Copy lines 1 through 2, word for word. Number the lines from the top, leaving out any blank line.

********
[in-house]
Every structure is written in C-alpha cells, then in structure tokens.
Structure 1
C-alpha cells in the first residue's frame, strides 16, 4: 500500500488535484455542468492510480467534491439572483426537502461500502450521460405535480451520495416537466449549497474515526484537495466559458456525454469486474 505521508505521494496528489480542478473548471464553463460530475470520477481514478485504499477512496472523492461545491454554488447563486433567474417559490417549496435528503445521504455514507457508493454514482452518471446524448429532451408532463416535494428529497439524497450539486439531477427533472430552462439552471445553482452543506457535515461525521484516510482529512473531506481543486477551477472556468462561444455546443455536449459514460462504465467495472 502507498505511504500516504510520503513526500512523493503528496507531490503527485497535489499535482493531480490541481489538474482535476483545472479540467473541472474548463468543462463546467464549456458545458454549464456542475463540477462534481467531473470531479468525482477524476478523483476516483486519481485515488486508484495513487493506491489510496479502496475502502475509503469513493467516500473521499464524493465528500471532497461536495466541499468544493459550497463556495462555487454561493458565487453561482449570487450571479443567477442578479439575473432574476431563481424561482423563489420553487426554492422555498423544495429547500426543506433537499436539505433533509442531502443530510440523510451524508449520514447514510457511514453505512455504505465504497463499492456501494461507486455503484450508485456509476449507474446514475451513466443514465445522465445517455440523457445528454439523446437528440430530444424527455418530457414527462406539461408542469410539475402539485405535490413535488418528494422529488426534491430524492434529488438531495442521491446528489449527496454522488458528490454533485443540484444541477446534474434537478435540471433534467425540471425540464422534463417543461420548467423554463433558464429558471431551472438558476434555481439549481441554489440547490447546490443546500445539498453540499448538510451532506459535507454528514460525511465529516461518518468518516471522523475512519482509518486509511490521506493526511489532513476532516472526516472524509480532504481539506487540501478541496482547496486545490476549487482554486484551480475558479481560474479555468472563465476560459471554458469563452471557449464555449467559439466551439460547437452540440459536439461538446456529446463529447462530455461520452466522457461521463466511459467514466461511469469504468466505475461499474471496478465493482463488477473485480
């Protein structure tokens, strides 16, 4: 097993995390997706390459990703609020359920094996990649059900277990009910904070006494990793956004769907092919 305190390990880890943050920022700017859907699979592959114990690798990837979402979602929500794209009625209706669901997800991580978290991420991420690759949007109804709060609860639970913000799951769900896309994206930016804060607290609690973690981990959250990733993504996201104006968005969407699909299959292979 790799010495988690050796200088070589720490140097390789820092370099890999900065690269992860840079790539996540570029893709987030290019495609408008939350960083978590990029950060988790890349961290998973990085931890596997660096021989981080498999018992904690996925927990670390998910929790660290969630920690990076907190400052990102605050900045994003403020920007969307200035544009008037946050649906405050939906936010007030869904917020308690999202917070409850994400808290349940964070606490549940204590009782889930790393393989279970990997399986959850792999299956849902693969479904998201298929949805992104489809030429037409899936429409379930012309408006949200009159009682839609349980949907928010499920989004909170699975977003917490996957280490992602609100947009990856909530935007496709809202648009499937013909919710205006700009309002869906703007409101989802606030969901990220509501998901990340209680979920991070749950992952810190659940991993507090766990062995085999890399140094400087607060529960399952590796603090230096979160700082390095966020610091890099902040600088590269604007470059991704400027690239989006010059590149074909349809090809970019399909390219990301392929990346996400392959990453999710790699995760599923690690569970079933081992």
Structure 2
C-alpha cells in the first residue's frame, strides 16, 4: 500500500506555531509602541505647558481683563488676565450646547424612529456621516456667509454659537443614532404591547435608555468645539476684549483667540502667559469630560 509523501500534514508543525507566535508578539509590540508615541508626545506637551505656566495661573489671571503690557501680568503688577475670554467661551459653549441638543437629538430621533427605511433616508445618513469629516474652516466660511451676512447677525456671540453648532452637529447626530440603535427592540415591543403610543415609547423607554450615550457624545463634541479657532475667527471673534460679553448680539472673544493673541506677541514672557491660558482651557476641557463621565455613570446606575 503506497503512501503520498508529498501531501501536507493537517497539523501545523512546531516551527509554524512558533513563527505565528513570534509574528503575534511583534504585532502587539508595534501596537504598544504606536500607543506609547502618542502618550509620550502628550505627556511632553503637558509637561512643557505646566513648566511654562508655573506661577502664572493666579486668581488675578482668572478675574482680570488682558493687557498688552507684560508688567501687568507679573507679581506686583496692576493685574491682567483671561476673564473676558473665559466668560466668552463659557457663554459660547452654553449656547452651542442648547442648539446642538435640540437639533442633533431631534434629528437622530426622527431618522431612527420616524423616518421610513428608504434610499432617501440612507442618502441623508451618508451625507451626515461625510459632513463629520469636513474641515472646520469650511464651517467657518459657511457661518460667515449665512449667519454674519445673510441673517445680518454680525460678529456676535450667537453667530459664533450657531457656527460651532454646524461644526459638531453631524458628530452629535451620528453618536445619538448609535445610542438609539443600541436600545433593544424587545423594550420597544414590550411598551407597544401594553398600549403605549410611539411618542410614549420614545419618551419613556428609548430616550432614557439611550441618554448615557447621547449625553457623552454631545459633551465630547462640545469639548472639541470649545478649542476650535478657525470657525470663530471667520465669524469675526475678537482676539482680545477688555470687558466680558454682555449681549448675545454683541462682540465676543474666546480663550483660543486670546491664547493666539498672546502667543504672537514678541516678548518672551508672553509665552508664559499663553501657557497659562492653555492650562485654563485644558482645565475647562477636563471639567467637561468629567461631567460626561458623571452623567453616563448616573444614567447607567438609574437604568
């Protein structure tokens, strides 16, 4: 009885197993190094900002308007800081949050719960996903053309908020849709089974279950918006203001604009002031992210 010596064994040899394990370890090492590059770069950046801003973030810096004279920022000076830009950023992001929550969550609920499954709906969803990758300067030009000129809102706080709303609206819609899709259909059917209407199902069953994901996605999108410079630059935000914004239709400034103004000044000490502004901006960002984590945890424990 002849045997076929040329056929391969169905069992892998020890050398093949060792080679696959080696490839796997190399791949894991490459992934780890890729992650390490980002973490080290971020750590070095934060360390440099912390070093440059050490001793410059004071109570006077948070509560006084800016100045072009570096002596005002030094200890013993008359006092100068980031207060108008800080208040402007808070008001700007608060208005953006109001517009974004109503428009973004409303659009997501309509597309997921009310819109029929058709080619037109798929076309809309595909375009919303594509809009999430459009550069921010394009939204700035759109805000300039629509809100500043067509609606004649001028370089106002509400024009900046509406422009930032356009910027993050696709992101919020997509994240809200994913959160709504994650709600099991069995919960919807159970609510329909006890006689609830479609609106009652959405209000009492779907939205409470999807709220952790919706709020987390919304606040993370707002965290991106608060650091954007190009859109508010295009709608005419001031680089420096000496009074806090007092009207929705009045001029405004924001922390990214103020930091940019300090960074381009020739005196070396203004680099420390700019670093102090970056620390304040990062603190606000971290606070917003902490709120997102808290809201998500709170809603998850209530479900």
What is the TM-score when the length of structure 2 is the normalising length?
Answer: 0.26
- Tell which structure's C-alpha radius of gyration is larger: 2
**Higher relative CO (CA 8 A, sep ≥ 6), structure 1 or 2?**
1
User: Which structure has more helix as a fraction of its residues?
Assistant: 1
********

[in-house]
Every structure is written in C-alpha cells, then in structure tokens.